A few weeks ago, I taught an outdoor yoga class for our new riverfront development’s Wine Down series. I had no idea what to expect, what type of class to prepare, or who would show up – so I decided I would just wing it. And 46 yogis showed up. It was their biggest event of the year, and it was so much fun to be a part of.
What happens in classes this size is you can’t spend as much time with each yogi as you’d like. But this class, there were two women who looked incredibly confused getting in and out of a few of the poses. So I went over to see if I could help, and confirmed my thinking that they’d never practiced yoga before. One of the two said she had bad knees and wasn’t flexible. I told her I’d do the best I could to help her understand the poses, and that yoga would most likely help with her flexibility over time.
And she said: “Good. I want to be flexible enough to have better sex.”
I laughed, and replied, “You will. I promise. Stick with it.”
We all get here for different reasons. To lose weight, to find stillness, to retreat from pain, and for some, to have a better sex life.
It’s not necessarily the conversation I thought I’d be having, but she came up to me afterwards, and we continued to discuss this subject matter. The woman was serious. She’s in it for the sex.
And really, why not? Personally, every aspect of my life improved after I became more serious about my yoga practice. Sex included. And when your sex life improves, your marriage improves. Your opinion of yourself improves. You’re happier, and more enjoyable to be around. It’s the ripple effect.
If we’re all being honest with each other, can we say, deep inside, we practice yoga for many different reasons? More than just to go inward? If we didn’t shape up and slim up and get flexible, or have the mental stillness to enjoy more meaningful, deeper conversations, or be able to easily get up out of our chair or up off the floor, and also, let’s not forget, to have that better sex life, would we stick with it?
I don’t know.
And really, it doesn’t matter.
Whatever external reason you have for getting into yoga, stay with that. If that is what takes you to get to your mat, go for it. And then you’ll see, it’s the internal portion of the practice that will begin to change your life. All the extra stuff, it’s awesome, don’t get me wrong. It’s a confidence boost like no other. But what will stick with you, on your good days, and on your days filled with dread or sorrow, or sickness, is the mental aspect – the stillness, the pause, the beauty.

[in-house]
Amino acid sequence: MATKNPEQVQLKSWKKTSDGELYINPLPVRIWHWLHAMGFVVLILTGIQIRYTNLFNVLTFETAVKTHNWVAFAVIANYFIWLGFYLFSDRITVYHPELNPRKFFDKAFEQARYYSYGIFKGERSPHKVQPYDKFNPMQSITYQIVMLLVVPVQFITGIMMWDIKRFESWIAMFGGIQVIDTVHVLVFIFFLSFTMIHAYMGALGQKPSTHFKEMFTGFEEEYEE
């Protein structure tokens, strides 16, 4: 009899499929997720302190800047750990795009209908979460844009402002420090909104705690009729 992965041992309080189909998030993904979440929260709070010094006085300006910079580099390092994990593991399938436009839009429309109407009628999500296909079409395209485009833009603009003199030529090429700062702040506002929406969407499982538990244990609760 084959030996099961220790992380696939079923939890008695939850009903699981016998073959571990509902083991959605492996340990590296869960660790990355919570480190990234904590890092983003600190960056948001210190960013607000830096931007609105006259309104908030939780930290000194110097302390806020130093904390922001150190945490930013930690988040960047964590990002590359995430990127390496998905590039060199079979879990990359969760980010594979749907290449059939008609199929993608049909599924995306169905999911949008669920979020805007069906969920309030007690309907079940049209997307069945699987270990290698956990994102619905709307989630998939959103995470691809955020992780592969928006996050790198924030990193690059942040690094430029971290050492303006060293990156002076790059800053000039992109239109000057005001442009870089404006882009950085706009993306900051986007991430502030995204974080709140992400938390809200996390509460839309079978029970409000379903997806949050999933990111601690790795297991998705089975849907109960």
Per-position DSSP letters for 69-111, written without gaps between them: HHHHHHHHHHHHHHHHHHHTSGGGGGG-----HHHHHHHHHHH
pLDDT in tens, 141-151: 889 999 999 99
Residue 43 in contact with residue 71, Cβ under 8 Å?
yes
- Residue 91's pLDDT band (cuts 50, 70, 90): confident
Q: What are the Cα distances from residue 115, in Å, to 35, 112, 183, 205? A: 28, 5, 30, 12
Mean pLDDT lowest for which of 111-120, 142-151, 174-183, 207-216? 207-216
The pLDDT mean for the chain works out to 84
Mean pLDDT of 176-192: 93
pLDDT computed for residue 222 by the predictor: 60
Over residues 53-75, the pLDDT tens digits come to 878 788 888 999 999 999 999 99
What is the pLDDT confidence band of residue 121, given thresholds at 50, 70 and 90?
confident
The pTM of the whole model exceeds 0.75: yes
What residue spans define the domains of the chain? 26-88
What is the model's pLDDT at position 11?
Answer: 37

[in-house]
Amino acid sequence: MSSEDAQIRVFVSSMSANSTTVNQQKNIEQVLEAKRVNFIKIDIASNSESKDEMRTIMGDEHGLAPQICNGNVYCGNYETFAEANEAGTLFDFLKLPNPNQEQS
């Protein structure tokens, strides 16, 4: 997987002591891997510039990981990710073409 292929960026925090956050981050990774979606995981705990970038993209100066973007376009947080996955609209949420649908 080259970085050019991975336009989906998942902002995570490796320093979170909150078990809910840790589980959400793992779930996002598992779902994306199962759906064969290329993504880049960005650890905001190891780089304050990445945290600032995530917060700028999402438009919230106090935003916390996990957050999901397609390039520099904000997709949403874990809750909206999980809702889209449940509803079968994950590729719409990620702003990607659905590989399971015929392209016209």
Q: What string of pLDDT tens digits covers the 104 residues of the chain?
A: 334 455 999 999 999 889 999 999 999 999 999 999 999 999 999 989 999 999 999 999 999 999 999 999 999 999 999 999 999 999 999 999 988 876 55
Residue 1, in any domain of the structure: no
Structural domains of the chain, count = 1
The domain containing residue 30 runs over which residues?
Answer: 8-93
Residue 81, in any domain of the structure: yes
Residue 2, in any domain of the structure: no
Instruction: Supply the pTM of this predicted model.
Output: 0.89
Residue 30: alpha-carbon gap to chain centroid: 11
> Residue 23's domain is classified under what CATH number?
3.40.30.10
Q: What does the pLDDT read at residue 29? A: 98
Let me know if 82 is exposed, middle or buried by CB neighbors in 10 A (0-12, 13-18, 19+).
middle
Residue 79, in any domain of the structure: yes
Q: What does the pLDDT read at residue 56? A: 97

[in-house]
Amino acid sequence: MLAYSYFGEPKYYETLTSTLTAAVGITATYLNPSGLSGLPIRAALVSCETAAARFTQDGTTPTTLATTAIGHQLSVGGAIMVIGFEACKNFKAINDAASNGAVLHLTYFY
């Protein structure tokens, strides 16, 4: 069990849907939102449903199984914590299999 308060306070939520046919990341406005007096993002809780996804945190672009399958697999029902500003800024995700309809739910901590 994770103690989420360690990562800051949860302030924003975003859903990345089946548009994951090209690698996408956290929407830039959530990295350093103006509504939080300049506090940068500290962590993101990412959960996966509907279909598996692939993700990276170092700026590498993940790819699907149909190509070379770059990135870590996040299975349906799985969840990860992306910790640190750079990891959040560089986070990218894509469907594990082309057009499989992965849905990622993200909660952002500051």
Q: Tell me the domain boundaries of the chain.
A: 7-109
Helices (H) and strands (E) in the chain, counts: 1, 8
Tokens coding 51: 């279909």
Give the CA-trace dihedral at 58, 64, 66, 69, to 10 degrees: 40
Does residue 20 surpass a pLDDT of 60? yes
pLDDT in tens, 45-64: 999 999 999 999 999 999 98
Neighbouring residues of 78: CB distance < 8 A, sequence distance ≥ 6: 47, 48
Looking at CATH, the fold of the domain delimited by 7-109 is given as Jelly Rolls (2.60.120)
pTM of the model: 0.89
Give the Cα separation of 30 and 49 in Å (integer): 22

Because we all know the external reasonings don’t last. You have to find that peace, that happiness, from within. Someday, I’ll be 90 (I hope), and that day, I’m pretty sure my sex life is going to be quite different than it is today. Don’t get me wrong, I’ve worked in enough retirement homes over the years to say confidently that your sex life does not end, and the frequency of it doesn’t slow down unless you choose for it to slow down. Thank god.
So, do it for the sex.
And then, pay attention. It’ll start to change more than just your flexibility, your stamina, your drive, your hunger.
Sex sells, but peace lasts.
My husband just had a birthday, and when I asked him what he wanted, he responded with ‘whiskey’. He’s not a fan of birthdays, and never has been, which is unfortunate for me, because I absolutely love birthdays. And I absolutely love to bake. So, I decided to make him a whiskey cake with whiskey cream sauce. I bought vegan ice cream to serve with it, and completely forgot I bought it – so I’ll say it’s delicious without the ice cream, and you’ll have plenty of icing left over to pour over top when serving, but you might want to have some ice cream as well for a topping or side.
With love, whiskey and sexy yoga,
Sex, Yoga and Whiskey Cake
For the Cake
- 3 tbsp. flax seeds, ground
- 1 and 1/2 c. coffee, freshly brewed
- 1/4 c. irish whiskey
- 1/2 c. butter
- 1/2 c. natural cane sugar
- 1/2 c. light brown sugar
- 1 and 3/4 c. flour (I used whole wheat)
- 1 tsp. baking soda
- 1/2 tsp. salt
- 1/2 tsp. cinnamon
- 1 c. pecans, chopped
- 3/4 c. chocolate chips
For the Icing
- 1 c. cashews, soaked for 1-2 hours
- 2 tbsp. natural cane sugar
- 1/2 tsp. vanilla
- 1 tbsp. irish whiskey
Prep the Icing
- Prep the cashews by soaking in water for 1-2 hours, or if you're short on time, boil water, then pour over the cashews, and wait at least 30 minutes.
For the Cake
- Heat your oven to 350 degrees.
- Make the flax eggs: combine the ground flax with 9 tbsp. of warm water, and set aside, stirring often, for at least 10 minutes.
- Slowly heat the coffee, whiskey, butter and sugars in a small sauce pan for a few minutes on medium low. Don't let it simmer, and remove from heat once the butters melt. Stir well, and then set aside for several minutes to cool.
- In a large mixing bowl, combine the flour, baking soda, salt and cinnamon. Slowly add the coffee mixture, stirring well. Then pour in the flax mixture, stirring well.
- Spray your bundt pan with oil (I use coconut oil spray). Then pour the pecans and then the chocolate chips into the bundt pan, spreading evenly. Next, pour the batter over the pecans and chocolate.
- Bake the cake for 40-45 minutes, until a toothpick in the center comes out clean.
Make the Icing
- Rinse and drain the soaked cashews, and place in a high-powered blender. Add the sugar, vanilla, and whiskey, and blend on high until combined.
- Poke holes in the bottom of the bundt cake, and pour about 1/4 of the icing over the bottom of the cake. Then, let the cake cool completely.
- Once cool, turn the pan over to remove the cake, and pour over more icing. For serving, pour some icing on a plate, and then top with the sliced cake, or serve with the remaining icing on the side.